- Glaucoma affects more than 2.3 million Americans aged 40 and up.
Age-related Macular Degeneration (AMD)
- Over 2 million Americans 50 and older have AMD, an eye disorder associated with aging that damages the central vision needed for common daily tasks such as driving and reading.
- There are two forms of AMD, wet and dry macular degeneration; dry makes up about 70-90% of the cases and progresses more slowly than the wet form.
- Age-related macular degeneration is the leading cause of blindness and visual impairment among people 65 and up.
- Age-related macular degeneration affects more than 1.75 million individuals in the United States. Owing to the rapid aging of the US population, this number will increase to almost 3 million by 2020.
- Test yourself at home for AMD with the Amsler Grid.
- Cataracts are the leading cause of blindness worldwide in middle and low income countries.
- Cataracts are a leading cause of poor vision in the United States; According to the American Optometric Association, 20.5 million people age 60 and over have cataracts.
- Cataract surgery is the most common outpatient surgery performed in the US. Though this disease is not preventable, it is treatable.
- Risk factors include diseases like diabetes, alcohol or tobacco use and prolonged exposure to sunlight.
Diabetes and Diabetic Retinopathy
- The more overweight and obese children and adults become, the more susceptible they become to developing Type 2 diabetes, a disease which already affects an estimated 25.8 million people, or 8.3 percent of the U.S. population. They all face a risk for diabetic retinopathy.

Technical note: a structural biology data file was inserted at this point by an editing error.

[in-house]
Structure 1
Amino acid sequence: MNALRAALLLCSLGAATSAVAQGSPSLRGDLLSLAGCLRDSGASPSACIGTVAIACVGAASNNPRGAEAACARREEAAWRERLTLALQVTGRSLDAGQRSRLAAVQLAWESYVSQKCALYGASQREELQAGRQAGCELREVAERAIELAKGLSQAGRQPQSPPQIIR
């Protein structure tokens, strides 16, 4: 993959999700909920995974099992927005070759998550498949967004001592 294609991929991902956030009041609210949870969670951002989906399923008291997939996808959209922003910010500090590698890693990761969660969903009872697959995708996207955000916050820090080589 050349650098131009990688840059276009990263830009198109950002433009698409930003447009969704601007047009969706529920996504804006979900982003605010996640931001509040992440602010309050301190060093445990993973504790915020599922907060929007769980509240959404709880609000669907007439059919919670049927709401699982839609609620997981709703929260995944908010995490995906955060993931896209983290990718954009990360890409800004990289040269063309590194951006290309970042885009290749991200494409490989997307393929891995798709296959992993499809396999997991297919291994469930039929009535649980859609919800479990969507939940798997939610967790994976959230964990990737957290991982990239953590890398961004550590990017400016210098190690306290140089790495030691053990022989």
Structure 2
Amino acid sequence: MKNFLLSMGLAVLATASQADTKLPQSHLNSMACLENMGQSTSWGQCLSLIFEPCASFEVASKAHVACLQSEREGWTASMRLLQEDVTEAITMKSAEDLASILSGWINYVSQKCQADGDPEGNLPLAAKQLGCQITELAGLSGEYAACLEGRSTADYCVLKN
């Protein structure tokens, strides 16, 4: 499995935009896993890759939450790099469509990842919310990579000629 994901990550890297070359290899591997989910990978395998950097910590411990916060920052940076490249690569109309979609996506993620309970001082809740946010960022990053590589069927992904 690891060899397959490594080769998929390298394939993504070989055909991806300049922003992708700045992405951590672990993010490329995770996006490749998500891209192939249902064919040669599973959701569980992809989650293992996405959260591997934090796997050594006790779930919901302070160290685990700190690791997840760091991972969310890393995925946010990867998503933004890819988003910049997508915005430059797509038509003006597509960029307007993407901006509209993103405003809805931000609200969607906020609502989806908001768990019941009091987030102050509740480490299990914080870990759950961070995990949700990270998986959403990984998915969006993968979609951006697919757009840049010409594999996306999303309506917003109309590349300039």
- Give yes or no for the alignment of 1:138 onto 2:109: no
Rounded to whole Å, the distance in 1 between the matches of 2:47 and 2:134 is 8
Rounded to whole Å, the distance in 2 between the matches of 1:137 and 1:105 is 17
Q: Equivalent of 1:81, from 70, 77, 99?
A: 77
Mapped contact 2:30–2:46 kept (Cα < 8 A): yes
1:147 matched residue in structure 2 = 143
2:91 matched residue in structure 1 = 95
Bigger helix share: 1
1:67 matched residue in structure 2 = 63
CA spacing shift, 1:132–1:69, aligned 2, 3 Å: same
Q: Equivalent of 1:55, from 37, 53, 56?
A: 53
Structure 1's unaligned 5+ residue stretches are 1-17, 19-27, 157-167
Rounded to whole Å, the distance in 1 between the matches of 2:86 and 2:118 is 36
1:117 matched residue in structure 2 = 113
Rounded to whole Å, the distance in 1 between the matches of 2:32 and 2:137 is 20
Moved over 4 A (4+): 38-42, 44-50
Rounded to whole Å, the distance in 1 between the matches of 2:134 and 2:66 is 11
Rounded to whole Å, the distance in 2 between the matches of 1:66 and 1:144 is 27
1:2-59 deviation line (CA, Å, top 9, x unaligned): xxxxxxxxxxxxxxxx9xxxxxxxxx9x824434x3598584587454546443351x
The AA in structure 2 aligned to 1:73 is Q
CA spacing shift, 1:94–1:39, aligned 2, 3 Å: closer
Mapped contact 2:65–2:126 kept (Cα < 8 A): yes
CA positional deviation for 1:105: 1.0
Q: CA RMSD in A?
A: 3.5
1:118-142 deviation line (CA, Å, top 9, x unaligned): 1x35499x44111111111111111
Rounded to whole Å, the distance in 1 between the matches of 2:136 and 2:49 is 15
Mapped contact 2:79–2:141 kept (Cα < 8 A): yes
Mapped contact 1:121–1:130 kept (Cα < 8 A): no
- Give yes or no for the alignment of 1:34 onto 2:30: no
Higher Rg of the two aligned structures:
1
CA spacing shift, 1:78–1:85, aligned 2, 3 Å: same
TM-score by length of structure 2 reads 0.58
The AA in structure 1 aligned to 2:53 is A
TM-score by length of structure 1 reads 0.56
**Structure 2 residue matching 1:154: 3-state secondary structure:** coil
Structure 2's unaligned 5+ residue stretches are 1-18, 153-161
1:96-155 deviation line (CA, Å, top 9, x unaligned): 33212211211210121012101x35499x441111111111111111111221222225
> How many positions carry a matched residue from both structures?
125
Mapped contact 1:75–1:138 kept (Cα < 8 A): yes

- Diabetes, and the related complication diabetic retinopathy, is the leading cause of new cases of blindness among adults ages 20–74 years.
- Among U.S. residents ages 65 years and older, 10.9 million, or 26.9 percent, had diabetes in 2010.
- About 215,000 people younger than 20 years had diabetes—type 1 or type 2—in the United States in 2010.
- About 1.9 million people ages 20 years or older were newly diagnosed with diabetes in 2010 in the United States.
- There are an estimated 100,000 people living with retinitis pigmentosa, a genetically inherited disease, in the United States.
- 16% of wounded veterans evacuated from Iraq and Afghanistan have sustained an eye injury.
- There are more than 157,000 legally blind Veterans in the US and over one million suffering from low vision.
- However, only 45,000, approximately one third of blinded US veterans, take advantage of the vision rehabilitation offered by the VA.